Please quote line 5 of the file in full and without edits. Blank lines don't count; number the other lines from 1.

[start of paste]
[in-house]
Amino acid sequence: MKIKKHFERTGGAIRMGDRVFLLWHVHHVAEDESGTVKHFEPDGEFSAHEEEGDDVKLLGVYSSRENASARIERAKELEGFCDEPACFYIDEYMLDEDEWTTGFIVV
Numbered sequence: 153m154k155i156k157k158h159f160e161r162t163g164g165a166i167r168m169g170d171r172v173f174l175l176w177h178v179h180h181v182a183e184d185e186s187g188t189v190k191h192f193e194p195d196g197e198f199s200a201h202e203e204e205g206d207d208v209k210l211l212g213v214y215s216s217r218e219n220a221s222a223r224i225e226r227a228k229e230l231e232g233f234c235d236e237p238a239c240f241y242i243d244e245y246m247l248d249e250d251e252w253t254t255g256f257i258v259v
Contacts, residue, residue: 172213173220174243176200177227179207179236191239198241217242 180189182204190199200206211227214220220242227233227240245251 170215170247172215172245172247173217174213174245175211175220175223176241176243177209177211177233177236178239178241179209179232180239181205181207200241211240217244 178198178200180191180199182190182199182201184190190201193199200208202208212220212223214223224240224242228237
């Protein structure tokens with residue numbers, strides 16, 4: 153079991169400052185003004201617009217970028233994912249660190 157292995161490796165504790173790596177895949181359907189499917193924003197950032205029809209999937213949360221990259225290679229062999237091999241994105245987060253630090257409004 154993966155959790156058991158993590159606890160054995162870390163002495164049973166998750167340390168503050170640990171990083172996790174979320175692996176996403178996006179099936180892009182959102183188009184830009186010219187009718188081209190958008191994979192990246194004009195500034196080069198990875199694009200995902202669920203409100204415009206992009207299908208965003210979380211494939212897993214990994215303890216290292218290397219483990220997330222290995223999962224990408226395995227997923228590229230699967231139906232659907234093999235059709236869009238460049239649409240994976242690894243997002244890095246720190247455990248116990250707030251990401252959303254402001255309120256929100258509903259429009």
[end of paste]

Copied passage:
């Protein structure tokens with residue numbers, strides 16, 4: 153079991169400052185003004201617009217970028233994912249660190 157292995161490796165504790173790596177895949181359907189499917193924003197950032205029809209999937213949360221990259225290679229062999237091999241994105245987060253630090257409004 154993966155959790156058991158993590159606890160054995162870390163002495164049973166998750167340390168503050170640990171990083172996790174979320175692996176996403178996006179099936180892009182959102183188009184830009186010219187009718188081209190958008191994979192990246194004009195500034196080069198990875199694009200995902202669920203409100204415009206992009207299908208965003210979380211494939212897993214990994215303890216290292218290397219483990220997330222290995223999962224990408226395995227997923228590229230699967231139906232659907234093999235059709236869009238460049239649409240994976242690894243997002244890095246720190247455990248116990250707030251990401252959303254402001255309120256929100258509903259429009």